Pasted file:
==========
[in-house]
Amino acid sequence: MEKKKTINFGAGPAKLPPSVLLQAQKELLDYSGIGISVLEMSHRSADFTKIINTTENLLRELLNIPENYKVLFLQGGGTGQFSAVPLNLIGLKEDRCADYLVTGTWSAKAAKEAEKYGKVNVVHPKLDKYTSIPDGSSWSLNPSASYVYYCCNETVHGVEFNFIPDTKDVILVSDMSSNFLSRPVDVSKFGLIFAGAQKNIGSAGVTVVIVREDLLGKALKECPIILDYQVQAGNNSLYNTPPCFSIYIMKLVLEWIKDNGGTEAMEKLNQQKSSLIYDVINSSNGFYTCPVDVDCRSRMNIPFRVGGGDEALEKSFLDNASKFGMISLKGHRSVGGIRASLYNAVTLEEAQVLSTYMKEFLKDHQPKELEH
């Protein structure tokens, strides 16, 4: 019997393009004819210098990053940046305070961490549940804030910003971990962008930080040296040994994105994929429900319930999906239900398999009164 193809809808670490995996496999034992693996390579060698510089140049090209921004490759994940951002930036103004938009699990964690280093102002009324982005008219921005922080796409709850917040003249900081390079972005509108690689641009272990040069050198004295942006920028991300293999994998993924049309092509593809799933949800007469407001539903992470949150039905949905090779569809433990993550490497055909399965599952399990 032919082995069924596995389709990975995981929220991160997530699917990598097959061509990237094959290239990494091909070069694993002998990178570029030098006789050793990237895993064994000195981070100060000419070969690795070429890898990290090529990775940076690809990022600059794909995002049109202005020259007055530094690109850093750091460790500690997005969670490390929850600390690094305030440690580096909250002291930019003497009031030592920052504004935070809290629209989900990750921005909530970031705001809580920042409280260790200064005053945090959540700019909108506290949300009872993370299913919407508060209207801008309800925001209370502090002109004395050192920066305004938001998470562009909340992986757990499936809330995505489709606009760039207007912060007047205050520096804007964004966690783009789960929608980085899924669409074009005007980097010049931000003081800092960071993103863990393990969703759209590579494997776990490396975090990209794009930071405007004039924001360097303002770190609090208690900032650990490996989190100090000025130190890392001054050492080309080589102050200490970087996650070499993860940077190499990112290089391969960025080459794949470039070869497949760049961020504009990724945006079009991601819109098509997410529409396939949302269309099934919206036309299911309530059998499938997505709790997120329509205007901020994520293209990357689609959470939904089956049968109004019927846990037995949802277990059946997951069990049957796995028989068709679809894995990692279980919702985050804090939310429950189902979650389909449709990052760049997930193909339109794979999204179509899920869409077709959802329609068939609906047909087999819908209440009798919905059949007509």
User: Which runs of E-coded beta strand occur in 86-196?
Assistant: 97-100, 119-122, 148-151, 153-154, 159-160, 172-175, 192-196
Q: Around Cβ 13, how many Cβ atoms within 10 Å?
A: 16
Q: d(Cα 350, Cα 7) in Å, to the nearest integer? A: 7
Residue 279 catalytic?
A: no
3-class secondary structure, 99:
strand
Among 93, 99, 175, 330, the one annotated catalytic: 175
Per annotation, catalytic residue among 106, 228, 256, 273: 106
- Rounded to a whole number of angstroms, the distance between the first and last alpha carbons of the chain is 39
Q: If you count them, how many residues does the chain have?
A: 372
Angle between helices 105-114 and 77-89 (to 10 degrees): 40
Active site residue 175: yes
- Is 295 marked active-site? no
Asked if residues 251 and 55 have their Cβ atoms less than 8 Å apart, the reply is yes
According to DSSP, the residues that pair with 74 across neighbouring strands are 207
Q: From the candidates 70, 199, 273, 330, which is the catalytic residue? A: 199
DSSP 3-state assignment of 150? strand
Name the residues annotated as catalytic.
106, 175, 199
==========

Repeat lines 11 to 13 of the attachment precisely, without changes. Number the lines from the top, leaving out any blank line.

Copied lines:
3-class secondary structure, 99:
strand
Among 93, 99, 175, 330, the one annotated catalytic: 175